5. § 501.007. Inmate Claims for Lost or Damaged PropertyThe department may pay from the miscellaneous funds appropriated to the division claims made by inmates housed in facilities operated by the department for property lost or damaged by the division. The department shall maintain a record of all transactions made under this section and shall send a copy of that record to the state auditor at least annually. The record must show the amount of each claim paid, the identity of each claimant, and the purpose for which each claim was made. The department may not pay under this section more than $500 on a claim.§ 501.008. Inmate Grievance System(a) The department shall develop and maintain a system for the resolution of grievances by inmates housed in facilities operated by the department or under contract with the department that qualifies for certification under 42 U.S.C. Section 1997e and the department shall obtain and maintain certification under that section. A remedy provided by the grievance system is the exclusive administrative remedy available to an inmate for a claim for relief against the department that arises while the inmate is housed in a facility operated by the department or under contract with the department, other than a remedy provided by writ of habeas corpus challenging the validity of an action occurring before the delivery of the inmate to the department or to a facility operated under contract with the department.(b) The grievance system must provide procedures:(1) for an inmate to identify evidence to substantiate the inmate's claim; and(2) for an inmate to receive all formal written responses to the inmate's grievance.(c) A report, investigation, or supporting document prepared by the department in response to an inmate grievance is considered to have been prepared in anticipation of litigation and is confidential, privileged, and not subject to discovery by the inmate in a claim arising out of the same operative facts as are alleged in the grievance.(d) An inmate may not file a claim in state court regarding operative facts for which the grievance system provides the exclusive administrative remedy until:(1) the inmate receives a written decision issued by the highest authority provided for in the grievance system; or(2) if the inmate has not received a written decision described by Subdivision(1), the 180th day after the date the grievance is filed.(e) The limitations period applicable to a claim arising out of the same operative facts as a claim for which the grievance system provides the exclusive remedy:(1) is suspended on the filing of the grievance; and(2) remains suspended until the earlier of the following dates:(A) the 180th day after the date the grievance is filed; or(B) the date the inmate receives the written decision described by Subsection (d)(1).(f) This section does not affect any immunity from a claim for damages that otherwise exists for the state, the department, or an employee of the department.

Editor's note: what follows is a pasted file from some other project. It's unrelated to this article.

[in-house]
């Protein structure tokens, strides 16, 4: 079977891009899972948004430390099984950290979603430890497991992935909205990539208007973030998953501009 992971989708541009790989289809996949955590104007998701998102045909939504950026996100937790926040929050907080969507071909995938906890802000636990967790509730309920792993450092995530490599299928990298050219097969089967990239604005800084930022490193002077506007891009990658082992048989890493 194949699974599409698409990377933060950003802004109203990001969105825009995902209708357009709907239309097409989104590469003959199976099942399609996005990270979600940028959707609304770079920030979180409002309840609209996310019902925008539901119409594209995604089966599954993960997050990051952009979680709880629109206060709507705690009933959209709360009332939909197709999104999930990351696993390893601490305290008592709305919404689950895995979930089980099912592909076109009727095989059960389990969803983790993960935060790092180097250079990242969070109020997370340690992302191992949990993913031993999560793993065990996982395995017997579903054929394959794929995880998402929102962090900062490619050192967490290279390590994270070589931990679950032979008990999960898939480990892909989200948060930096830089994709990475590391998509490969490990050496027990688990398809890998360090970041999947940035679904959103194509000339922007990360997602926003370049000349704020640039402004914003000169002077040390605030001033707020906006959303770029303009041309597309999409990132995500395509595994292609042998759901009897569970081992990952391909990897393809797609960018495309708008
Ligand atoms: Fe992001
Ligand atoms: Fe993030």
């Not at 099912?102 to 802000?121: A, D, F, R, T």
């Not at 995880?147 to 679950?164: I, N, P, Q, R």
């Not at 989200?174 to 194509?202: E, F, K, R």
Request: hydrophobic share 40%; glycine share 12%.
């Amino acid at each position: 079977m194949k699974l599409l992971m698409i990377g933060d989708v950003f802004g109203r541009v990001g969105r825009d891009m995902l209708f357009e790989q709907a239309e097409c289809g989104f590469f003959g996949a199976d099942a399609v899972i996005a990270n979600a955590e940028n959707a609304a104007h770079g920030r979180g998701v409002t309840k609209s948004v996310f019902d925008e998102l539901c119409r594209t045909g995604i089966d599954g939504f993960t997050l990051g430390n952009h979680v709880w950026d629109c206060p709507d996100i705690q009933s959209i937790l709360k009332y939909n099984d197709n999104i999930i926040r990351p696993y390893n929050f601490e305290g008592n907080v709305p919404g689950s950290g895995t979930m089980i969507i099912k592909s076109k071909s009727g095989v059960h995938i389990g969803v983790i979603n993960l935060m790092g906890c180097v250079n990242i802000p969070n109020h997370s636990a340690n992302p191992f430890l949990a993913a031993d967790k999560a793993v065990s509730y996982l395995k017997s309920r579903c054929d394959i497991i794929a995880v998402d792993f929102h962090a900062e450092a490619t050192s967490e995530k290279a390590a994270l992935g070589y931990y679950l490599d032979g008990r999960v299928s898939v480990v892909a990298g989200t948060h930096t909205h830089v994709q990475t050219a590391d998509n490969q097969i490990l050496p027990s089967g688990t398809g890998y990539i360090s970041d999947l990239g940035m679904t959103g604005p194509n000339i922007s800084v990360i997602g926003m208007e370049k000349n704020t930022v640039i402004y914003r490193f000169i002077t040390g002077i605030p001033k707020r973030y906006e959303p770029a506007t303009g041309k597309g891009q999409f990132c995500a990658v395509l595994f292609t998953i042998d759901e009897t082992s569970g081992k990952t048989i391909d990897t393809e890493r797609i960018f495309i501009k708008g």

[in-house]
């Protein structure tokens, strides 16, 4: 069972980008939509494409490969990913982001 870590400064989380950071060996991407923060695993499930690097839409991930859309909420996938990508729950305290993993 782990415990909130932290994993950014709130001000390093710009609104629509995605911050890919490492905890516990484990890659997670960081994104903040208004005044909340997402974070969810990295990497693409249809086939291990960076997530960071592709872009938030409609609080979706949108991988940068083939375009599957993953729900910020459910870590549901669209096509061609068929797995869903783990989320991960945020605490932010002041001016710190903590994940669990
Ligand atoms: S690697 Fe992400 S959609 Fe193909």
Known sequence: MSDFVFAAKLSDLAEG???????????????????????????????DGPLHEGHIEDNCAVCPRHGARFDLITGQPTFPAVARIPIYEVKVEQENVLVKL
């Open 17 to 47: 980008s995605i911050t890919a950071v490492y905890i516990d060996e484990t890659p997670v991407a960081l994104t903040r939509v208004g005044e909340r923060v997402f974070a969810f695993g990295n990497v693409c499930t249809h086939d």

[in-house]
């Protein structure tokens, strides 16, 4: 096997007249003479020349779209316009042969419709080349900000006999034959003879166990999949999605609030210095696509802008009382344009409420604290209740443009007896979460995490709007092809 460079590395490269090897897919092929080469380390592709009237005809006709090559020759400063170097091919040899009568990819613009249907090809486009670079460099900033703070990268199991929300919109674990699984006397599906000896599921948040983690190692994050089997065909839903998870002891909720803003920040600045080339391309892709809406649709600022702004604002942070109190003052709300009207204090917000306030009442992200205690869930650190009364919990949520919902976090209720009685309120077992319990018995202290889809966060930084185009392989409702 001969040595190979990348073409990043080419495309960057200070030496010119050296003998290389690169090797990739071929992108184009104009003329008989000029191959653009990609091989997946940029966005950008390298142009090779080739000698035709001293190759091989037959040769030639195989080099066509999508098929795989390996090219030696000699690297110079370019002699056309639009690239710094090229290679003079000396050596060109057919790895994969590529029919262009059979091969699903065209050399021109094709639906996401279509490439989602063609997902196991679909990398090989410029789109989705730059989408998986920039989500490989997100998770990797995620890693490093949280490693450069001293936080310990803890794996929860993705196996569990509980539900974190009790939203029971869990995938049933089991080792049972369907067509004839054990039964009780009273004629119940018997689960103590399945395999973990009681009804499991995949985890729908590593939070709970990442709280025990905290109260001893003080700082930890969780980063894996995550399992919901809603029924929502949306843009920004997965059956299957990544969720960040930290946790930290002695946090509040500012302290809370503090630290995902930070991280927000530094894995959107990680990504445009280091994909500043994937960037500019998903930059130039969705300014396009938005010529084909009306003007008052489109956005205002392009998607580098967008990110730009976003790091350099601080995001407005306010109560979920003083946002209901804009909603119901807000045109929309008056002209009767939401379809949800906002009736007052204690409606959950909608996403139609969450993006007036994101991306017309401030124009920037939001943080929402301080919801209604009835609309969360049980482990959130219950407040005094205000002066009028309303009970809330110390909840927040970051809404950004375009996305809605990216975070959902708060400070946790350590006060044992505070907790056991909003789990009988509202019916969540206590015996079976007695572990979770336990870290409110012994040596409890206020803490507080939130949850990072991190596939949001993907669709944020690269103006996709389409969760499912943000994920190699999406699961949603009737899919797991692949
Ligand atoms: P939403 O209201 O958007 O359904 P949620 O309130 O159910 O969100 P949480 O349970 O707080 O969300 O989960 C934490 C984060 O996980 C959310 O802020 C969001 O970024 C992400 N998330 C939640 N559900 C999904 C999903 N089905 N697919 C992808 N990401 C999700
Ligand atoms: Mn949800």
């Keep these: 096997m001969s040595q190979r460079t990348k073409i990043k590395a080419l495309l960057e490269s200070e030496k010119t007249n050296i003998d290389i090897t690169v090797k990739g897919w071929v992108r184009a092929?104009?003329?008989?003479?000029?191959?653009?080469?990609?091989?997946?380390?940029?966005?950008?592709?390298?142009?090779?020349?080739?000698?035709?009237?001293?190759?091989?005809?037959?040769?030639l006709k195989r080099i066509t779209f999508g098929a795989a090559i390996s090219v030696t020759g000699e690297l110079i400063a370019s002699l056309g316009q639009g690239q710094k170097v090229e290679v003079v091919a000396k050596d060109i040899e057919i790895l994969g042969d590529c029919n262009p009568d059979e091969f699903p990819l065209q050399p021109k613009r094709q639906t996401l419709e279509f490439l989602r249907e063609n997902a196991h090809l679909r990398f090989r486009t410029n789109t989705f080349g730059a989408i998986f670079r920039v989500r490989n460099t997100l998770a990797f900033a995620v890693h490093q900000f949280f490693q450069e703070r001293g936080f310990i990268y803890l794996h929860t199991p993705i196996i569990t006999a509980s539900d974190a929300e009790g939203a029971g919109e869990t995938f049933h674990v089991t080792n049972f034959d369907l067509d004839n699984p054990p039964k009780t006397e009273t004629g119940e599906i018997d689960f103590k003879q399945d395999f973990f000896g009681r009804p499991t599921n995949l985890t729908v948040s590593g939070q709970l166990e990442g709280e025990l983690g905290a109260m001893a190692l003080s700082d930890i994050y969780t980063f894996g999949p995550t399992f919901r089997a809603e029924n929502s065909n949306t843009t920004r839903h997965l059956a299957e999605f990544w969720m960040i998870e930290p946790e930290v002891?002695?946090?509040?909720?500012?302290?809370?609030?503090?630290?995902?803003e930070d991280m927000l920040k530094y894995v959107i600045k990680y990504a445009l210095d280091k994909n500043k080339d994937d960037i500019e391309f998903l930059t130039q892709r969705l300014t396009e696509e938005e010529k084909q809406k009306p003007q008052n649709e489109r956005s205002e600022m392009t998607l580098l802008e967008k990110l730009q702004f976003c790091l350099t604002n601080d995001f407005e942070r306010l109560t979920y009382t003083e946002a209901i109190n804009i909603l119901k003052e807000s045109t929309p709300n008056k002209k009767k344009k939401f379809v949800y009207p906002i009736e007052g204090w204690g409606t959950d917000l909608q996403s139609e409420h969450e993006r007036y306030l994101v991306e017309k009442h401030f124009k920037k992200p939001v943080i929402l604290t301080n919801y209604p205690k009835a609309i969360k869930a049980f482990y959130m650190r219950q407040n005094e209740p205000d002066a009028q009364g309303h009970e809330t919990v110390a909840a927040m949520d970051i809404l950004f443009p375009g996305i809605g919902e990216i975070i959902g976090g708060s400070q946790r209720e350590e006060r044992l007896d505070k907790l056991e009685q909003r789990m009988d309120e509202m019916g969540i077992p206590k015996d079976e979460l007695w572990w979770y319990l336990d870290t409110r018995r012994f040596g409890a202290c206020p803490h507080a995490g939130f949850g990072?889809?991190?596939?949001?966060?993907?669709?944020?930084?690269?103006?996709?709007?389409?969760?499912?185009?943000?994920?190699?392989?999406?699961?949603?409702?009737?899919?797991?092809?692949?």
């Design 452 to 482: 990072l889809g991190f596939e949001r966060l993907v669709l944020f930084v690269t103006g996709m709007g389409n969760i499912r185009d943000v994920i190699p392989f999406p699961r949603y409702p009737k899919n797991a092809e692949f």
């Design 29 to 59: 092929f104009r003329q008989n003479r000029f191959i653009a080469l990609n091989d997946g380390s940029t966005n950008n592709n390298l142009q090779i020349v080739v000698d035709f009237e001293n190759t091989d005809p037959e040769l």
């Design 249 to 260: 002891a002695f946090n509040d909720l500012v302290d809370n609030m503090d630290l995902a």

6. Since there have been no special exceptions, those claims may include negligent, reckless and intentional damage to property and § 1983 claims based on the reckless and intentional damage to property.
1. Similarly, a mere unfounded claim to a penalty or attorney's fees will not serve to place a case within the jurisdiction of a district court. See Bybee v. Fireman's Fund Ins. Co., 160 Tex. 429, 331 S.W.2d 910, 913 (1960).